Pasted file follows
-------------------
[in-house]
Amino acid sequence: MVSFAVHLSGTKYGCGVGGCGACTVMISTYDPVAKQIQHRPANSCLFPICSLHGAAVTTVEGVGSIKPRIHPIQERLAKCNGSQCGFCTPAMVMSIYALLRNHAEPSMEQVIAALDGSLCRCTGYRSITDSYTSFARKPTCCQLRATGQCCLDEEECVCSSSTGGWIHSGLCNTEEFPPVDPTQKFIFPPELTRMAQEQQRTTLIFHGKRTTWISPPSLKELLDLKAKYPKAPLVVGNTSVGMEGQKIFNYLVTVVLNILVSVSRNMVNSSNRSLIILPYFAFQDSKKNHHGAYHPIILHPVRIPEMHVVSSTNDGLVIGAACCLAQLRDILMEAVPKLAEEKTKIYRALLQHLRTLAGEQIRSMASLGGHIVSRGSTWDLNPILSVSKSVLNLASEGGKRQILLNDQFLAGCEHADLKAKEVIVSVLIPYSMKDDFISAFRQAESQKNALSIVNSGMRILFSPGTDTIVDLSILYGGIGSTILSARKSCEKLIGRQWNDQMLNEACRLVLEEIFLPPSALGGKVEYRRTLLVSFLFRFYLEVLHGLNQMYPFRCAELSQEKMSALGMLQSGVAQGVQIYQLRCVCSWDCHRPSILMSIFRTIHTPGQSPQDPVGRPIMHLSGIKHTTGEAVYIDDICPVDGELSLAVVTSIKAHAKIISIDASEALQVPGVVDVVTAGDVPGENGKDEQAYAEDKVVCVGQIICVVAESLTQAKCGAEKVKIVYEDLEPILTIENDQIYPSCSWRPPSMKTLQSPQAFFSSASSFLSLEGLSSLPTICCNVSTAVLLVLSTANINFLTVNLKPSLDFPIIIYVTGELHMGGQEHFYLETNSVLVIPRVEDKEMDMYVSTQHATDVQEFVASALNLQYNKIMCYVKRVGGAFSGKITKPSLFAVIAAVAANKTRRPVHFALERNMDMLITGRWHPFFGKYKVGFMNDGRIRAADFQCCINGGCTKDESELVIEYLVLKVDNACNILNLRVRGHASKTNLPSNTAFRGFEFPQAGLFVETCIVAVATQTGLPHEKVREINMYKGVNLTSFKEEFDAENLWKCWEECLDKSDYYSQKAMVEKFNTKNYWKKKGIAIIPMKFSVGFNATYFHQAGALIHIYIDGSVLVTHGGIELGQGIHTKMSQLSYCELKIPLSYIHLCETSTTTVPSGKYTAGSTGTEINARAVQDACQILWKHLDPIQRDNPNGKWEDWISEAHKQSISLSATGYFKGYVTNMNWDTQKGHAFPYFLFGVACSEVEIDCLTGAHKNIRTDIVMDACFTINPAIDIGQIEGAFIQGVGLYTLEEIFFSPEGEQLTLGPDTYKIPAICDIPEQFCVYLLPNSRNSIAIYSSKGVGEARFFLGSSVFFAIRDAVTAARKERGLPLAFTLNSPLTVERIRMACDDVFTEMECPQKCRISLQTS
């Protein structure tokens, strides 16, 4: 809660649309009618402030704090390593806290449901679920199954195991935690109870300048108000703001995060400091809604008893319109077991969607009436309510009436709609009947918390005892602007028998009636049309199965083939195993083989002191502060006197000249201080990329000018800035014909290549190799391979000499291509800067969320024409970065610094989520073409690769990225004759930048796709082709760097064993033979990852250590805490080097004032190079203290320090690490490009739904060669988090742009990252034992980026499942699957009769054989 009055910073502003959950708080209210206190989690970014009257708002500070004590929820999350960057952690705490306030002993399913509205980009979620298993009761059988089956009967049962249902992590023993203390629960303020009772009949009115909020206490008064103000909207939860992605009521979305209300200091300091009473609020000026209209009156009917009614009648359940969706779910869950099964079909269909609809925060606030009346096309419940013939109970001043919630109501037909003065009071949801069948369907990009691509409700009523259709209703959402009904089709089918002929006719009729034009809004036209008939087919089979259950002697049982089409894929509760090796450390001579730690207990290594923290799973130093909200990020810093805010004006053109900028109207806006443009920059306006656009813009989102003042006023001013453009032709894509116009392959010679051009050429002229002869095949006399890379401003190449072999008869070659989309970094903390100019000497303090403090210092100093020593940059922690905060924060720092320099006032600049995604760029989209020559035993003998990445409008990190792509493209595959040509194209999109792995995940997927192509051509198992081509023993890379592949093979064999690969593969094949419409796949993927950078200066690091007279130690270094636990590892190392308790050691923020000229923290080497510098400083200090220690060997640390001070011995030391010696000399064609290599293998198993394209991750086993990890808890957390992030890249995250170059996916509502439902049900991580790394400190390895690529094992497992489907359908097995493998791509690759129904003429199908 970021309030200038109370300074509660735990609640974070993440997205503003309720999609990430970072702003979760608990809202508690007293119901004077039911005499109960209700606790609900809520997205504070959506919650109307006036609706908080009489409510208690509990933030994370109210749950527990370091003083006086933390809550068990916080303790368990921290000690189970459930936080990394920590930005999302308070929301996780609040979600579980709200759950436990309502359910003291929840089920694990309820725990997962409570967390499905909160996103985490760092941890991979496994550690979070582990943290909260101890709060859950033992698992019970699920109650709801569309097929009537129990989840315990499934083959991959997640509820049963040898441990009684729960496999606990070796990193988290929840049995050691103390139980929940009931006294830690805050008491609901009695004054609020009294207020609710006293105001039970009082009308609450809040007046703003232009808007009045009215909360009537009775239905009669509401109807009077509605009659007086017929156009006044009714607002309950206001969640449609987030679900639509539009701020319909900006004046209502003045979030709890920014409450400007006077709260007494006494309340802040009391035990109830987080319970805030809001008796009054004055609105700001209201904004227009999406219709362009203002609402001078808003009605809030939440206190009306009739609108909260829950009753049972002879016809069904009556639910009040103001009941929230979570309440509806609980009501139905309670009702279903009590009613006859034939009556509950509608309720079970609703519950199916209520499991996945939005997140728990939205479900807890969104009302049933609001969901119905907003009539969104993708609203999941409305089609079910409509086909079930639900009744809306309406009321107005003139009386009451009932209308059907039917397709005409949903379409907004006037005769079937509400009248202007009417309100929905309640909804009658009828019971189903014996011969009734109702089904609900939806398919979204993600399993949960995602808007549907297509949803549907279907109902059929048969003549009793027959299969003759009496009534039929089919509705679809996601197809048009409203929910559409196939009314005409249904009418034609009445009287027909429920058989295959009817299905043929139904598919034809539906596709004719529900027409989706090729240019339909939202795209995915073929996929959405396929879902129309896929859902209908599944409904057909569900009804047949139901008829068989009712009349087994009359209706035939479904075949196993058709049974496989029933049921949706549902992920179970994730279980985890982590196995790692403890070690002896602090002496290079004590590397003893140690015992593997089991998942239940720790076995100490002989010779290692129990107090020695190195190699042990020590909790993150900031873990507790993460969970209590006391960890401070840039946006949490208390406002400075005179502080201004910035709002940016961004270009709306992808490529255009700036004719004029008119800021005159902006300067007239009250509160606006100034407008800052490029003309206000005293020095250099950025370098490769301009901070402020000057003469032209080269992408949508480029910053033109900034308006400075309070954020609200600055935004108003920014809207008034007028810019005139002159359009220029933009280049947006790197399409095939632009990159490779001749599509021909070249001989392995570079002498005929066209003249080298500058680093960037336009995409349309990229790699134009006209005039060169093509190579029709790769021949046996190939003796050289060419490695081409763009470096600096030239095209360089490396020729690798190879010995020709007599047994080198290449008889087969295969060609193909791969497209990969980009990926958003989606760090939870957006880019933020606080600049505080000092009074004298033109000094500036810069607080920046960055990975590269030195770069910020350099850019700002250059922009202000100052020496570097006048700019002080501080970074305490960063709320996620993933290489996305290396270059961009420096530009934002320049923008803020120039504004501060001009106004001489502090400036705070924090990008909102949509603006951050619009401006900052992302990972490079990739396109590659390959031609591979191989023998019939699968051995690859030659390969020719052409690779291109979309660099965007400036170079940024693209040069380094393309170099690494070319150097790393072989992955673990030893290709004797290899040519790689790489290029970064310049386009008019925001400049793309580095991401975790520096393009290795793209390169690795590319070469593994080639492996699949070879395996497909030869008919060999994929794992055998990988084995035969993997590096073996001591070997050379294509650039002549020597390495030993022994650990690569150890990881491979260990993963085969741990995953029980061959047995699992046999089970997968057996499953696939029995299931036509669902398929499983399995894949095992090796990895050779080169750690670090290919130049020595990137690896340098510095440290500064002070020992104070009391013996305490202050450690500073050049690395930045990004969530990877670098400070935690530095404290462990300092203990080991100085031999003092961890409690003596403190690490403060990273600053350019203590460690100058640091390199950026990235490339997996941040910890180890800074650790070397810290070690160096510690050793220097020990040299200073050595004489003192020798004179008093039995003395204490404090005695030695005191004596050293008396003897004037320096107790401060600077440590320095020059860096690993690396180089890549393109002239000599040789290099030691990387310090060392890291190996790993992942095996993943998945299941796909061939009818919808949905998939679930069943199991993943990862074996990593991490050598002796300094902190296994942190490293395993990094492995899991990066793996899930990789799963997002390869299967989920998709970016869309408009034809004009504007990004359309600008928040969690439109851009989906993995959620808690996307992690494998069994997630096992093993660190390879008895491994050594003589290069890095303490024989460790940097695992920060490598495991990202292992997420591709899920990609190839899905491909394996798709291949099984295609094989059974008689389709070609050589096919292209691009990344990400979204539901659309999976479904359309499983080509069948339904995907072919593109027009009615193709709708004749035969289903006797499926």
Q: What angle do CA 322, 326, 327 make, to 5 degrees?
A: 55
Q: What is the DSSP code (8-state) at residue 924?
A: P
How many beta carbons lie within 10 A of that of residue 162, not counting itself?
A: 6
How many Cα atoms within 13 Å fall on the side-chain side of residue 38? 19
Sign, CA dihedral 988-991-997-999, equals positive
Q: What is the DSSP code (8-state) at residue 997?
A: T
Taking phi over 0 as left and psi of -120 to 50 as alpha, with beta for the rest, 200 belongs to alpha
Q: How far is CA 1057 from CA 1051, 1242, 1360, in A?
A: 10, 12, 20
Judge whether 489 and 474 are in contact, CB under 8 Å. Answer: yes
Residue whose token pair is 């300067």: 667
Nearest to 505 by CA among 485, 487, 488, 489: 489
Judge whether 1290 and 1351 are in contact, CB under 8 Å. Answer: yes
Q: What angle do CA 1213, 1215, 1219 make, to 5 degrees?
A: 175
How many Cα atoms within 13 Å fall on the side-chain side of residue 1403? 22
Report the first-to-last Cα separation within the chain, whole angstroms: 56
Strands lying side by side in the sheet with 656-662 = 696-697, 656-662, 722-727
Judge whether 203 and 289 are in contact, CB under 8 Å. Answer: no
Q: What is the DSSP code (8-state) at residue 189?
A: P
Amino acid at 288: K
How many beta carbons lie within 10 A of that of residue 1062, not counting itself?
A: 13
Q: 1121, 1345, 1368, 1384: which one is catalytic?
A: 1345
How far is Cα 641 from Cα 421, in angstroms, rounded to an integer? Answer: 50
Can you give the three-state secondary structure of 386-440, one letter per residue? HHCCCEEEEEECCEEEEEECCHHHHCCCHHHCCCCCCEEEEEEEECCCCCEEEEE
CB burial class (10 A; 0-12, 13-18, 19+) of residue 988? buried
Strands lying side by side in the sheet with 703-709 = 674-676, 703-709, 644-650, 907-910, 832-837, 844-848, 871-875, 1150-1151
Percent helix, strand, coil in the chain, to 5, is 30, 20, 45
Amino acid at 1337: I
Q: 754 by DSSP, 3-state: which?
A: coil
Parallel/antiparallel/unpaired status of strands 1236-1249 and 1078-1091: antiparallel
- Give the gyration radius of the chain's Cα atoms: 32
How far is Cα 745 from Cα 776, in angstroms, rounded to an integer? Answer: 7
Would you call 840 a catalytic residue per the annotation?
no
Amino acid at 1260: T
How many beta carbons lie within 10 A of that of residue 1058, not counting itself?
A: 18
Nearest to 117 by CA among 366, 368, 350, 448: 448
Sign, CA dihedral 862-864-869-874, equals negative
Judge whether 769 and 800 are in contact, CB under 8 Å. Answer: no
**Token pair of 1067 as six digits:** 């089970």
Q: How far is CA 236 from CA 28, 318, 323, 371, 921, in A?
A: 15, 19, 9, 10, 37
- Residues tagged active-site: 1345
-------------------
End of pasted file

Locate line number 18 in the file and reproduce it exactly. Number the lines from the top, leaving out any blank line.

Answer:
Residue whose token pair is 């300067």: 667